It’s the same for Tron Legacy. Our hero, though not quite as smart assish, is just as cheeky. He also is thrown into the digital world without warning, without a clue, and has to survive. His added task is to find his father, the other hero from 30 years ago, who’s been trapped in there all this time. Along the way we encounter modern but true-to-tron dangers, bad guys, strange characters, underdogs, and good music. Oh yes, the music is awesome.
I don’t read reviews. I don’t care what other people think about movies. Strange, I know, but that frees me up to say what I really think and better yet, how I feel when I watch a movie. I loved these movies and the whole experience they offered up to me as a movie fan. I didn’t LOVE either one the first time I saw them, admittedly. The original Tron just came on a poor movie watching day, and Legacy, well, I didn’t “get it” because I was befuddled by the little glimpses of the first one that were floating in my mind. When we watched them back to back I had such a good time. I was totally blown away by the forethought of the original movie and extremly pleased that the newest addition to the Tron world wasn’t just some overly annoying, too cool for school, joke of a follow up. It was a great time at the movies, truly.
The groovy girls who put the uniform on the dude in the new one, I dig them. Quorra, the leading lady of Legacy with her toughness mixed with a hint of naivety, she’s compelling and fun to watch. Bridges does his bit to be a little bit annoying in both incarnations of Flynn, but he’s not supposed to be the charming hero. He’s part hippie, part hacker, part corporate exec-wanna-be (to offer free software and information to all). Flynn Jr. fits in very well. He’s smart and doesn’t just become the action hero type, he is believably partaking of the fights, the action, while not being like TA DA I’M ACTION MAN…I hate it when that happens.
Did I mention the music is awesome? It is. Daft Punk can hit that nerve in me that makes my head do that slidy thing forward and back about a half inch to the beat. It’s not a head banging thing, or a nod, but like someone has a string attached to my chin and is pulling it to the beat….if you know what I mean, you KNOW what I mean.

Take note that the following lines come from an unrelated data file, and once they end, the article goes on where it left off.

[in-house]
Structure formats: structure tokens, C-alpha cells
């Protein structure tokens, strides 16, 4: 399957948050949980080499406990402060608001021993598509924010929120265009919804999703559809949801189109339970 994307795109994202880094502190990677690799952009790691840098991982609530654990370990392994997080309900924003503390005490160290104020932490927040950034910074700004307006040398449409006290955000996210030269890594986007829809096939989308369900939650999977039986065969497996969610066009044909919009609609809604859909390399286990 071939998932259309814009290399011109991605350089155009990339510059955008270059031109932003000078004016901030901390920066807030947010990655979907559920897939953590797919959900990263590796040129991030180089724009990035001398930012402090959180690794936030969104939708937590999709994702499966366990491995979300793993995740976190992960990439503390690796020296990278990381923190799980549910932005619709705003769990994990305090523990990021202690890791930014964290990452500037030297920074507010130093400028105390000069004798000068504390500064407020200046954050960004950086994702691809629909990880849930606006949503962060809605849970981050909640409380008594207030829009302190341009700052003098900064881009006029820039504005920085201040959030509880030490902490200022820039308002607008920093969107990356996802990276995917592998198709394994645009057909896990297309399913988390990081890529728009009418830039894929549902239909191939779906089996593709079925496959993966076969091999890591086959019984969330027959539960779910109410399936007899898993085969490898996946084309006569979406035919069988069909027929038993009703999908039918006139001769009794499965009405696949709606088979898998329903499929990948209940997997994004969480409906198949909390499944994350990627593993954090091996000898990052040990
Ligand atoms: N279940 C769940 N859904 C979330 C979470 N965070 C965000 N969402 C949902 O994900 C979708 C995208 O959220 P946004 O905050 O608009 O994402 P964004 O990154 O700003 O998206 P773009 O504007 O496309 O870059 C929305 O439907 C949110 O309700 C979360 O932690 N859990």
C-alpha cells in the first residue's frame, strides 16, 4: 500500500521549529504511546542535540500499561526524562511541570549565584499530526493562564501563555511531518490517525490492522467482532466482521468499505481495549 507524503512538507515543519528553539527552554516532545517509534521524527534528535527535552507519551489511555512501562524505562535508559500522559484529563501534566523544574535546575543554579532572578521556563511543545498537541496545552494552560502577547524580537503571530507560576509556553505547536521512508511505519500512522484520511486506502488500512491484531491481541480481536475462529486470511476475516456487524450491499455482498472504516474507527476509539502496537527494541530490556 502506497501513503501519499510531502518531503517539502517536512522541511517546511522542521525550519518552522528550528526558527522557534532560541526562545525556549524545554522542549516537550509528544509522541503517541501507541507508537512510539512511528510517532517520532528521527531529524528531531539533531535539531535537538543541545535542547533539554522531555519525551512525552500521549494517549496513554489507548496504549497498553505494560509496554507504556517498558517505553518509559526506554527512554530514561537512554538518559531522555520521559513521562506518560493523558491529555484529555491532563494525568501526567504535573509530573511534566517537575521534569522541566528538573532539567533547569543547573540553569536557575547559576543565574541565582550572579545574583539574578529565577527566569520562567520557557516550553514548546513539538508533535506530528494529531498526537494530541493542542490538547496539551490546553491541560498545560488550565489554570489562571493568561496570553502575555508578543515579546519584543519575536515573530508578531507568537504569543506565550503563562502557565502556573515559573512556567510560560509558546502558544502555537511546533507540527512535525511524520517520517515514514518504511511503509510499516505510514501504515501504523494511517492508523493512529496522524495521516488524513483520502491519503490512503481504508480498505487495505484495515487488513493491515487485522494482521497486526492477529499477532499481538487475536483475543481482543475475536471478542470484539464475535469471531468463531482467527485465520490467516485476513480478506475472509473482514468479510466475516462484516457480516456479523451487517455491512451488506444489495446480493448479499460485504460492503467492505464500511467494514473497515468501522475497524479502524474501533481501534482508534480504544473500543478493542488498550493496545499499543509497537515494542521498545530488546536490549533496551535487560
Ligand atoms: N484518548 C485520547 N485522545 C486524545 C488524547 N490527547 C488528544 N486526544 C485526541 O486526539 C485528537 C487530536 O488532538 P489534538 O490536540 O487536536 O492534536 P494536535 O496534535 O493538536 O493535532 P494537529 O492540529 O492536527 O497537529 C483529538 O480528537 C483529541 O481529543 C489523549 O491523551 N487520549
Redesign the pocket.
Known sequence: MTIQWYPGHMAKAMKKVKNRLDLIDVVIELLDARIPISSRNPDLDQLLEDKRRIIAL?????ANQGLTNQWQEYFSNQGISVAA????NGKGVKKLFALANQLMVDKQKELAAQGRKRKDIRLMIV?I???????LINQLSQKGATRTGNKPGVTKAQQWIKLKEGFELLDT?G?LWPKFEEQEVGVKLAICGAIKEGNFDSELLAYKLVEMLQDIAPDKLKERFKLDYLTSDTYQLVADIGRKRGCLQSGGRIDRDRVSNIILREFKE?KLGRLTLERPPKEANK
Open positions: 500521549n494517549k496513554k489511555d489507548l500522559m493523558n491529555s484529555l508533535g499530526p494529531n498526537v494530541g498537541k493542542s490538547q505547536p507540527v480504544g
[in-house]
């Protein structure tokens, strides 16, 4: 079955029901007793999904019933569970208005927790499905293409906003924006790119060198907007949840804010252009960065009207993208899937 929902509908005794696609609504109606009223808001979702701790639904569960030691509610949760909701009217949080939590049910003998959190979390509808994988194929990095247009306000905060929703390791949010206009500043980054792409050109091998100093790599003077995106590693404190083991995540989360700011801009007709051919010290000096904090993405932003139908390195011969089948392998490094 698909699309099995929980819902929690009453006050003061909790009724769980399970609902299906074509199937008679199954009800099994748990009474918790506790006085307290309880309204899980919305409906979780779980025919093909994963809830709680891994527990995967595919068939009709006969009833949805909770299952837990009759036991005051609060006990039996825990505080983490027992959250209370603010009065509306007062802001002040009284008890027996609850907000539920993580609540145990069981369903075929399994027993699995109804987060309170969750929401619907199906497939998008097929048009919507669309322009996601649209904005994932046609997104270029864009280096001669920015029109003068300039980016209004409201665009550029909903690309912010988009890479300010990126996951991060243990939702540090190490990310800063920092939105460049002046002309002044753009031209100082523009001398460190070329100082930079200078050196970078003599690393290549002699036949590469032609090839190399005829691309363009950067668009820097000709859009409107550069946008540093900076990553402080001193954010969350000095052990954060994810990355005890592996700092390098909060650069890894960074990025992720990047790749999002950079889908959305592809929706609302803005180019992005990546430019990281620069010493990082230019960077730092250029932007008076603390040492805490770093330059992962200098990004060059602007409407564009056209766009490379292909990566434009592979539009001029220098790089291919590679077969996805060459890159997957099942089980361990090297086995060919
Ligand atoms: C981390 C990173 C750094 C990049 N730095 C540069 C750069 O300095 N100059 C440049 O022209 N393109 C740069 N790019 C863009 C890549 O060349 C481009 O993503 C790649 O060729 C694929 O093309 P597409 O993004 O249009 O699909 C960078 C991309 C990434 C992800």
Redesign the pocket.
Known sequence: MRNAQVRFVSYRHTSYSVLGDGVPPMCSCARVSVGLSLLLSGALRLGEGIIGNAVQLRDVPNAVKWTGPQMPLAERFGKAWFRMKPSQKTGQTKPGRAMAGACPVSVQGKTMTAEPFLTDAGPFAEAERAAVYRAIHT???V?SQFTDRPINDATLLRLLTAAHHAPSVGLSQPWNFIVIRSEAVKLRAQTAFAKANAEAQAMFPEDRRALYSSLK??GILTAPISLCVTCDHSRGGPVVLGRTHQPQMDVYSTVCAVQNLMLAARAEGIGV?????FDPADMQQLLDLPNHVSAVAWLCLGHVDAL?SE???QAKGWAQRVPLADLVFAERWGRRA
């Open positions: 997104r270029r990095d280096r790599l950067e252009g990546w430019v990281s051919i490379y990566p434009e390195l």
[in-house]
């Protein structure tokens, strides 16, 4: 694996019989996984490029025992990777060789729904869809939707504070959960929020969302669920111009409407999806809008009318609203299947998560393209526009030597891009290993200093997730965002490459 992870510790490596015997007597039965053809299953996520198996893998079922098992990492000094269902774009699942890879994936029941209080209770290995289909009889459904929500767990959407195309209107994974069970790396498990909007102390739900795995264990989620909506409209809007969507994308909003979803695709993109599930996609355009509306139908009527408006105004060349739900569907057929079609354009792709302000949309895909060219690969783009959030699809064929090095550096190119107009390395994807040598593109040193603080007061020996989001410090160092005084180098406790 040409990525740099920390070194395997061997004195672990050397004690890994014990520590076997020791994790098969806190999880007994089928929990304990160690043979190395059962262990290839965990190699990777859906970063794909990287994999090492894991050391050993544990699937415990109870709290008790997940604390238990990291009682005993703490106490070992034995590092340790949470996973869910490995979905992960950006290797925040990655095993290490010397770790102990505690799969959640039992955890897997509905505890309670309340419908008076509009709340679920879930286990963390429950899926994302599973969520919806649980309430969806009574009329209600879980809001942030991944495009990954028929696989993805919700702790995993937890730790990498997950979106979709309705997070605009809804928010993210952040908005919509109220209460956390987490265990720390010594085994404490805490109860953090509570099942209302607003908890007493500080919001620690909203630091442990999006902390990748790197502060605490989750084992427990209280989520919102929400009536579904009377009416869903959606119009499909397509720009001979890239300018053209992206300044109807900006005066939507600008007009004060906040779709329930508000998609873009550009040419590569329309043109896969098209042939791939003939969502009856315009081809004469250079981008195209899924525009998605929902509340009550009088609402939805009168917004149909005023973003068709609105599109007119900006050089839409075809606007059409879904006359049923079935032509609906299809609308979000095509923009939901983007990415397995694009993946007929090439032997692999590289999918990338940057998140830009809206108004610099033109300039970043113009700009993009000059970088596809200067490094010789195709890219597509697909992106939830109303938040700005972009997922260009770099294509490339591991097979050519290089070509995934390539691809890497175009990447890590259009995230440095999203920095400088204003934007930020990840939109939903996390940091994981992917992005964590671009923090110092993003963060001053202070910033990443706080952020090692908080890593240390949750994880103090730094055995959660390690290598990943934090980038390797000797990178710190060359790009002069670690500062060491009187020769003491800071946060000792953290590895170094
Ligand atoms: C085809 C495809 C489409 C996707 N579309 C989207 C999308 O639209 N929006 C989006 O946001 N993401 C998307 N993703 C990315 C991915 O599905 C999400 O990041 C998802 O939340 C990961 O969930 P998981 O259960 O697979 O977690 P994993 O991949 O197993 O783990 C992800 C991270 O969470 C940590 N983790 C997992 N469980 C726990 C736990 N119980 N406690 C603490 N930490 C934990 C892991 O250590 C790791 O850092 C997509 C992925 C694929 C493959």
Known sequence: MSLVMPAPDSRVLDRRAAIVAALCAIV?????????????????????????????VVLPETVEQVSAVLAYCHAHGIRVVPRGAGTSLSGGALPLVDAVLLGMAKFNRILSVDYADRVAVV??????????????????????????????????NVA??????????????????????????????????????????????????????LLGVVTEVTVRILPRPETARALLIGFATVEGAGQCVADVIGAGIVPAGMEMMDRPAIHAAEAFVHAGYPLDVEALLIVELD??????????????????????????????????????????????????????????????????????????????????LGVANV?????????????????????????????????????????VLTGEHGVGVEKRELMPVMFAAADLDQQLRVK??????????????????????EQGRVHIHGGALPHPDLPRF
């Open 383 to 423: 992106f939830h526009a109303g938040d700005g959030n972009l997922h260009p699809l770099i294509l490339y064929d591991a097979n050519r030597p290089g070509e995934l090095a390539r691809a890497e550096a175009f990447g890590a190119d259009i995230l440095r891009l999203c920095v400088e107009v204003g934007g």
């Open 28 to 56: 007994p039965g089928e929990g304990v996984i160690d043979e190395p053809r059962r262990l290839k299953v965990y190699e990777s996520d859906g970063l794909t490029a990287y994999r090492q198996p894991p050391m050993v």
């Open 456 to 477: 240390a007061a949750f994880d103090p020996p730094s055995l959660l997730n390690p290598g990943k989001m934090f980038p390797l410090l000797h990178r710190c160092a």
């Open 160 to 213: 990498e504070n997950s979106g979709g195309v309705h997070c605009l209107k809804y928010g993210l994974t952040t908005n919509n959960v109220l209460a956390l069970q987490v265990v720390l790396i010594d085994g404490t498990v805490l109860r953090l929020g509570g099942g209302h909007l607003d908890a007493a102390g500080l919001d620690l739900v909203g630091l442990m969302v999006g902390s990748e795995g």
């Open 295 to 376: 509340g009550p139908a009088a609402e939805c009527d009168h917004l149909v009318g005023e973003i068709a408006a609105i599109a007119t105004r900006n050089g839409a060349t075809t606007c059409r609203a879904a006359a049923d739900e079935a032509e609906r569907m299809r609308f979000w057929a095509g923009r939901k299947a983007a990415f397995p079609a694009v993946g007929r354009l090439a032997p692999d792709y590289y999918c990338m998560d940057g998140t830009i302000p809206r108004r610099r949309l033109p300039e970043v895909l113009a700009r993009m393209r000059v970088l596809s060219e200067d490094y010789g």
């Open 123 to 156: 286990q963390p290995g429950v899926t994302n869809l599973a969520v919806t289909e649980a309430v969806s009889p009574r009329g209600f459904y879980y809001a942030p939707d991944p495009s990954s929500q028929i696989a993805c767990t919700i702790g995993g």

Alan is the programmer of Tron, and in both movies he’s kind of your generic corporate worker guy. He’s young in Tron with a hopefulness that’s about to be dashed by the insidousness of big business. He’s older and wiser in Legacy with a hint of being kind of crushed down by the decades of the same working world, a little sad, but resiliant and with that glimmer in his eye for the days gone by with his rebel friend Flynn.
I didn’t love the Zuse character, actually i didn’t even like him much. I like the guy but the character, well, he might seem interesting and quirky, but it felt out of place in an awkward and unneccessary way. If he was toned down just a little and make the part more involved throughout the movie, that would have patched that one small leak in my lovefestriver of drooling praise of these movies.
It’s so fun to think back over it all I’m tempted to watch it again this weekend.
- The Next Day Flynn Lives Revealed – A docu-style bit about what happened after Flynn disappeared and what’s happening now that Flynn Jr. is on the scene. This short film bridges the gap between the two movies.
- First Look At Tron Uprising – A trailer for the new animated series that will appear on Disney XD later this year.
- Launching The Legacy – How do you offer a modern version of such a classic to the die hard fans?
- Visualizing Tron – How do you make a modern Tron world look modern but stay true to the original?
- Installing The Cast – Who’s who of the cast, and why.
- Disc Roars – The fans at Comic Con do the cheers and jeers for the movie auditorium scene, this featurette shows how that all happened.